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The Jerusalem Post30 Jun ’15
Israel’s last elections proved how right David Ben-Gurion was when he said that, in Israel, whoever does not believe in miracles is not a realist.
financial markets • fundamentals • public policy • limiting government
Israel’s last elections proved how right David Ben-Gurion was when he said that, in Israel, whoever does not believe in miracles is not a realist. In spite of a media almost totally dedicated to making him a “has been,” despite the consuming hatred of our political, media, academic and even business “elites” (Udi Fridan, one of Israel’s top PR men and campaign managers, called Netanyahu “a Satan”), despite the unanimous pollsters’ predictions of a resounding defeat for the prime minister, Netanyahu, the man Israel’s movers and shakers love to hate, won a landslide victory.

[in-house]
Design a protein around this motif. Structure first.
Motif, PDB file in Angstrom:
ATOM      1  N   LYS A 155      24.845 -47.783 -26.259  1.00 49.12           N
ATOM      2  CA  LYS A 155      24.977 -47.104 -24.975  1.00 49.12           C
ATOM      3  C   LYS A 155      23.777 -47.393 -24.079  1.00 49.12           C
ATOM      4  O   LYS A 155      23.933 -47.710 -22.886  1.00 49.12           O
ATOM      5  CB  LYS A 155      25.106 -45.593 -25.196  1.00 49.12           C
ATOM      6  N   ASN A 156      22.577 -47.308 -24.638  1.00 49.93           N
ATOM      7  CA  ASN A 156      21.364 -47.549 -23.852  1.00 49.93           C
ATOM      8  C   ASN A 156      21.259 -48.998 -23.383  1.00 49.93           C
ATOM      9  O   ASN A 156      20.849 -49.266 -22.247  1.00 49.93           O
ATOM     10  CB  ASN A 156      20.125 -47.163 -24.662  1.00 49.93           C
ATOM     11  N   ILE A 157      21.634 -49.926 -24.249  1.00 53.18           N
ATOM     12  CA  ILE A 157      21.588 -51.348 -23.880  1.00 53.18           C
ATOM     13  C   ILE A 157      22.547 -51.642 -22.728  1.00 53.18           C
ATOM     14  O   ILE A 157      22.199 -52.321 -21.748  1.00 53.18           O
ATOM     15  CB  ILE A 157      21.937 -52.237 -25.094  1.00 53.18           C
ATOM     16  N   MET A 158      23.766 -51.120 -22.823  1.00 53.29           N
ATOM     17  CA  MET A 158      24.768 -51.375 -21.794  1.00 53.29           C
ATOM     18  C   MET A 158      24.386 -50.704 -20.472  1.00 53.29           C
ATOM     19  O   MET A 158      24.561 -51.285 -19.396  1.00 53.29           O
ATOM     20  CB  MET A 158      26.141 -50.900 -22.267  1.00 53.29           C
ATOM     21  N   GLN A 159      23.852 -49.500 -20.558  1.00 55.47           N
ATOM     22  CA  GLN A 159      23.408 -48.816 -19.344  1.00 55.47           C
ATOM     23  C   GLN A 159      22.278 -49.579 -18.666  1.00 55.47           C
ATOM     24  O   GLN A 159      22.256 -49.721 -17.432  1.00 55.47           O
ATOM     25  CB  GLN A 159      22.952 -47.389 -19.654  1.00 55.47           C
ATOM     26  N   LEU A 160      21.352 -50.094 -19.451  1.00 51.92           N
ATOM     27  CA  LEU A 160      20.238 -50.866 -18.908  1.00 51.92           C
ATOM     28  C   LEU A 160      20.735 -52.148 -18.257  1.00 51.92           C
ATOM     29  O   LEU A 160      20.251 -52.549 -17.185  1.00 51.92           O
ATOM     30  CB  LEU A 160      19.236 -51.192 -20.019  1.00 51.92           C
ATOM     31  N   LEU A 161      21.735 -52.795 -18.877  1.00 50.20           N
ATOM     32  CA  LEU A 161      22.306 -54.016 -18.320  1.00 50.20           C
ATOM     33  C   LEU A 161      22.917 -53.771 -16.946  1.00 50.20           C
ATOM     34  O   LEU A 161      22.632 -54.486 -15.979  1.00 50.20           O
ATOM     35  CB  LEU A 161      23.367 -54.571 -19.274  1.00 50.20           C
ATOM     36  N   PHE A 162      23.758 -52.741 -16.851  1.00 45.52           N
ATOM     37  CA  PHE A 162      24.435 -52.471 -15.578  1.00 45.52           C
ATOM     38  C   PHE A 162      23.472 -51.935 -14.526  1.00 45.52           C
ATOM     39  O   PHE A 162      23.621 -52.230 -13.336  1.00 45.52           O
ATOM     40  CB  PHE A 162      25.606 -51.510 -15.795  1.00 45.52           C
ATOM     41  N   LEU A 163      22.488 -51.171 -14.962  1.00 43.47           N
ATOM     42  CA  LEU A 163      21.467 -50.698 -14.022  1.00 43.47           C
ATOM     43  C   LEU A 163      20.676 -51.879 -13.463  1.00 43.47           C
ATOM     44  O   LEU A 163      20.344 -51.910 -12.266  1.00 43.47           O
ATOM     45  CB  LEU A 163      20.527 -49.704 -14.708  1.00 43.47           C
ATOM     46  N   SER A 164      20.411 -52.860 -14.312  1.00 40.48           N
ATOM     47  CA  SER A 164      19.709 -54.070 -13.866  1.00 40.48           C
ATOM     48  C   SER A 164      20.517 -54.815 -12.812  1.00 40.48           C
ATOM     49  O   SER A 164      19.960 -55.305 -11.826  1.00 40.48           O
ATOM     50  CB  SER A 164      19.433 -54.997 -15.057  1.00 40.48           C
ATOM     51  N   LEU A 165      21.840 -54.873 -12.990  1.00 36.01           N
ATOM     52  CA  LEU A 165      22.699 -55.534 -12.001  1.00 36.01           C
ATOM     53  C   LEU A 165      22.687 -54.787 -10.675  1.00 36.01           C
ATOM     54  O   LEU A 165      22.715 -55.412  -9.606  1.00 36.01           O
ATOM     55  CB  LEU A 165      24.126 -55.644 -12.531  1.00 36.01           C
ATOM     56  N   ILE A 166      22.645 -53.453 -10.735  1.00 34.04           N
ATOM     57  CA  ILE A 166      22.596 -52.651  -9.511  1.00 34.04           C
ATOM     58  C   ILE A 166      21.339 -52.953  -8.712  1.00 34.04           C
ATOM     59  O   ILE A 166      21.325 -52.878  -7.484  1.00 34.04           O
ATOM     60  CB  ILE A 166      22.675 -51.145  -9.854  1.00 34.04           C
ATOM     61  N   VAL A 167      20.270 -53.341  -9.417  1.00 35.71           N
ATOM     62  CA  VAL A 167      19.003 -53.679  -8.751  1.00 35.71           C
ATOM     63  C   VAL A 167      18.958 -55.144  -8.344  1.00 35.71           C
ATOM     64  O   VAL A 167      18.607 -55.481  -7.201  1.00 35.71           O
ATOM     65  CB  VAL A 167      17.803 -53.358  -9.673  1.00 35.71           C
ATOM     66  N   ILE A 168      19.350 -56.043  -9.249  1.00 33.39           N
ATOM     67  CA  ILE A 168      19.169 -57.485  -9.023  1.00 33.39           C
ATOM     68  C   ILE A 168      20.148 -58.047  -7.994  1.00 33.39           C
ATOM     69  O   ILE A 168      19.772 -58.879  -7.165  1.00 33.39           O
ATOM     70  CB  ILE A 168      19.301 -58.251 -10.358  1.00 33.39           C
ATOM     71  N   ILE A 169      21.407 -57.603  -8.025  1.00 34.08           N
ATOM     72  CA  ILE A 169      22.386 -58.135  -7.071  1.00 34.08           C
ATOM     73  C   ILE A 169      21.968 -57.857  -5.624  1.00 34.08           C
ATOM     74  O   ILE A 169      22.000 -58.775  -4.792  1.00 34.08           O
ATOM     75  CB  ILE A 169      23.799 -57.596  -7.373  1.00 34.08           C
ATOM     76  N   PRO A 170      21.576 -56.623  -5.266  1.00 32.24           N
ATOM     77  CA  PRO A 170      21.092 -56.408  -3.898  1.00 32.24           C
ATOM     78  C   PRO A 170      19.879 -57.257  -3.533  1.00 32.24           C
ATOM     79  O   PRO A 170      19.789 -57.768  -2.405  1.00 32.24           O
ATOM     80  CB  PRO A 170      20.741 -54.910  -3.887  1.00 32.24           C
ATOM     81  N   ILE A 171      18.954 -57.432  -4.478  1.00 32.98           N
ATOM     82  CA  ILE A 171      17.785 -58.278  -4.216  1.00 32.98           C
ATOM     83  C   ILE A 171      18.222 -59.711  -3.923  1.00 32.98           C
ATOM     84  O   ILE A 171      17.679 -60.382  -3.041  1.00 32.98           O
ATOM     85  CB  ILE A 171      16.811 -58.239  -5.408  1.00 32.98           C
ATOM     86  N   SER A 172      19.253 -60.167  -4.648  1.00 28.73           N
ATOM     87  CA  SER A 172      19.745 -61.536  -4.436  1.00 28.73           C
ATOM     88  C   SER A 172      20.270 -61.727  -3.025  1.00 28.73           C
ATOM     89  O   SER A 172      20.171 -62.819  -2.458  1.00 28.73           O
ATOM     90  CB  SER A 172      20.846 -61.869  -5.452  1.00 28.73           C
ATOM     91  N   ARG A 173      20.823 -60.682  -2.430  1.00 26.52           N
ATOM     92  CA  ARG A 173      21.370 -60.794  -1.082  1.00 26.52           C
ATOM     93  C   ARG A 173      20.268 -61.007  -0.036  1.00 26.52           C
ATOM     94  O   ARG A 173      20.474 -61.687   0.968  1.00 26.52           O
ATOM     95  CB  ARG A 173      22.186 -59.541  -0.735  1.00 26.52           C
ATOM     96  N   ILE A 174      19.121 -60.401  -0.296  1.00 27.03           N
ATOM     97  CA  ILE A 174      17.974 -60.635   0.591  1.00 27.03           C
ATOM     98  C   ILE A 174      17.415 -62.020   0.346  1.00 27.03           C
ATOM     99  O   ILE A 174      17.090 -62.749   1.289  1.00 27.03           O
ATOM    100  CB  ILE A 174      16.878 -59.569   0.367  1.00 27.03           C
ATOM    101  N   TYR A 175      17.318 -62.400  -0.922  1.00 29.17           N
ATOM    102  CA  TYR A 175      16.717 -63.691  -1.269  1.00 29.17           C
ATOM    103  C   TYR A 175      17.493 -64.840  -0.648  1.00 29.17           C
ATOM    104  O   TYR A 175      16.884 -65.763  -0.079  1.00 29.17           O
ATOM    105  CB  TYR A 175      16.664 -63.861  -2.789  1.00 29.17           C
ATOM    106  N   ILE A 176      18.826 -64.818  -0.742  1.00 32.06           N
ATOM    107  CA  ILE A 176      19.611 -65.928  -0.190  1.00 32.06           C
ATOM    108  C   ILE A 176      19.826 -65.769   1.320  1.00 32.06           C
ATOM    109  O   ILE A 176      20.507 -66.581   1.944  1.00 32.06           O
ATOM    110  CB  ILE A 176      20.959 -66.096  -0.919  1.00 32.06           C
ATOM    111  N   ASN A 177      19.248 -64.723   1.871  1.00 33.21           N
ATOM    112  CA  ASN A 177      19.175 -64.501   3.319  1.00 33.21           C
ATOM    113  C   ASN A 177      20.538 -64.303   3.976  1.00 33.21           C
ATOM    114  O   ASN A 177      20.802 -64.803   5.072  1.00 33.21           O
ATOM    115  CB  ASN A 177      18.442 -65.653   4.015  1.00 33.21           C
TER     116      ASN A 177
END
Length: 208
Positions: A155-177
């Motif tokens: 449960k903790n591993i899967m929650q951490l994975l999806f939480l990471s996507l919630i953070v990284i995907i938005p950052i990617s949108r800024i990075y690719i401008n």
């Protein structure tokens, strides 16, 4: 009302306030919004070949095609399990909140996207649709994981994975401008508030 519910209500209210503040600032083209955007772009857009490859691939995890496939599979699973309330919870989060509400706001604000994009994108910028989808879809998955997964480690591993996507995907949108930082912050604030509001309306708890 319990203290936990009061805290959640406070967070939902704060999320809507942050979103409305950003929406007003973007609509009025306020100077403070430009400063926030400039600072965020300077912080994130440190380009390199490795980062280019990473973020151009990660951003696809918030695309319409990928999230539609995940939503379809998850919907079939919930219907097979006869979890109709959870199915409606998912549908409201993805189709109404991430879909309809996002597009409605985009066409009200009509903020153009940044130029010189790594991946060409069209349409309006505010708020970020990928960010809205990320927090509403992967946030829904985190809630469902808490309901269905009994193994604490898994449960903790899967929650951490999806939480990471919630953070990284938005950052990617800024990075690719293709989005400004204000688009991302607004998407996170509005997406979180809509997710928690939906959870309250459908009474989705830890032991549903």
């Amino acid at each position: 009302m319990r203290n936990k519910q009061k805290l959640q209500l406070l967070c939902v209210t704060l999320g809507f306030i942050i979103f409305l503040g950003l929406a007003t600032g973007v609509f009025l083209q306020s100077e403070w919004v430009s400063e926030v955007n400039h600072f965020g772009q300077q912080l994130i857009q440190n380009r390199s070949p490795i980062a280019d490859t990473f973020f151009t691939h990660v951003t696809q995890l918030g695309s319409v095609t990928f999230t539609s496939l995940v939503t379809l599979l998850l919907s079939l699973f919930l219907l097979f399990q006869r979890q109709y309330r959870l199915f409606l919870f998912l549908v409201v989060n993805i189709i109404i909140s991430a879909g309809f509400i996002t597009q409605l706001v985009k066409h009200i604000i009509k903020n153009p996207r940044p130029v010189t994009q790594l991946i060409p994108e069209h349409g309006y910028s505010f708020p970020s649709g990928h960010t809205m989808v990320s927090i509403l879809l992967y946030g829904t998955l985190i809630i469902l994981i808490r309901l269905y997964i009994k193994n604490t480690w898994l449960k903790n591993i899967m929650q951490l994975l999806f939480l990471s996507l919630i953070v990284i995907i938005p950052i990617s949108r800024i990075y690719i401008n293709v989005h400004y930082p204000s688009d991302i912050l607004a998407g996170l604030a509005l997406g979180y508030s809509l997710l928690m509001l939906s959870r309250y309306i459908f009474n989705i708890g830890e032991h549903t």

Our ruling elites so oppose Netanyahu because they believe he is perhaps the only politician willing to take on the corrupt political and economic system that they constructed, and they fear that he may break it up. They fear that economic reforms, those Netanyahu has already managed to implement and even more so the ones he plans to implement, may finally break the enormous power they wield economically and politically, with their almost total control of the media and their direct and indirect contributions to the primaries of Knesset members. Isaac Herzog, the head of our putative loyal opposition, devoted a big chunk of his maiden speech to an appeal to Finance Minister Moshe Kahlon to jump the coalition boat and have the reforms he leads, that are so vital for Israel’s survival, sink. Such is the animosity for Netanyahu that even the less radical Herzog is willing to cause great harm to Israel just to prevent Netanyahu from succeeding in a task that is vital for Israel’s survival.